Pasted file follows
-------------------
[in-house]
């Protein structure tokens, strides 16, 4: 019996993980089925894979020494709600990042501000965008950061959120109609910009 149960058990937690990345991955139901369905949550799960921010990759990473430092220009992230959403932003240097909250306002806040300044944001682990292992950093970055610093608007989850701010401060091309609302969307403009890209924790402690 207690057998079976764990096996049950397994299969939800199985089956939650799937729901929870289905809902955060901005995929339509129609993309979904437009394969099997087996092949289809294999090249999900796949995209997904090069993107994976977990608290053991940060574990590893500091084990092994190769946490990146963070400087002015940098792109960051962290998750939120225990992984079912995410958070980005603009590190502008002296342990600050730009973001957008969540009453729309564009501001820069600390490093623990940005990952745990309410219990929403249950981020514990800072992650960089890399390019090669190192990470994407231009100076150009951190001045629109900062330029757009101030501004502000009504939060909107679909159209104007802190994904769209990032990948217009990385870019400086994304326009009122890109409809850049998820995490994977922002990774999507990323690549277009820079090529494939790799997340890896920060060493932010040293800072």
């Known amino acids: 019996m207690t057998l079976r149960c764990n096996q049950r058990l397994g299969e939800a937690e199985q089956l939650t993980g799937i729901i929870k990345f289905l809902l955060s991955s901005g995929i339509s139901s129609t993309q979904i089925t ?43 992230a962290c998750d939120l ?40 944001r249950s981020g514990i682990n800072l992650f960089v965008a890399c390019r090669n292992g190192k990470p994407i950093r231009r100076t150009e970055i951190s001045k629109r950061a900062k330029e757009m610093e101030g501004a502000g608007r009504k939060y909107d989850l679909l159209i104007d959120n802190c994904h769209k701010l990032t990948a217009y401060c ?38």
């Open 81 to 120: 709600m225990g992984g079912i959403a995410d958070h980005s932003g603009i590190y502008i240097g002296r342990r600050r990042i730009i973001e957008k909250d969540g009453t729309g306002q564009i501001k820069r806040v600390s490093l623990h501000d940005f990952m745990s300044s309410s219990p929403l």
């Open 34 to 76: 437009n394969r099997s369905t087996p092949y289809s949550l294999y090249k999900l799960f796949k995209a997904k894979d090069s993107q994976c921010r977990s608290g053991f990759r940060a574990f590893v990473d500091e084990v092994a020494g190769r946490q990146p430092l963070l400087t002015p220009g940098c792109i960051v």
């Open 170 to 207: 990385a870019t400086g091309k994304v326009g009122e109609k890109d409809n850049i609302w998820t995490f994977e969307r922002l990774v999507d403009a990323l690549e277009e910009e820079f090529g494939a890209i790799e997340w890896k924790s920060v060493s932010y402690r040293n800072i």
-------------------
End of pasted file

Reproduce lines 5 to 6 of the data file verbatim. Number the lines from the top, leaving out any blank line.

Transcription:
């Open 34 to 76: 437009n394969r099997s369905t087996p092949y289809s949550l294999y090249k999900l799960f796949k995209a997904k894979d090069s993107q994976c921010r977990s608290g053991f990759r940060a574990f590893v990473d500091e084990v092994a020494g190769r946490q990146p430092l963070l400087t002015p220009g940098c792109i960051v």
């Open 170 to 207: 990385a870019t400086g091309k994304v326009g009122e109609k890109d409809n850049i609302w998820t995490f994977e969307r922002l990774v999507d403009a990323l690549e277009e910009e820079f090529g494939a890209i790799e997340w890896k924790s920060v060493s932010y402690r040293n800072i």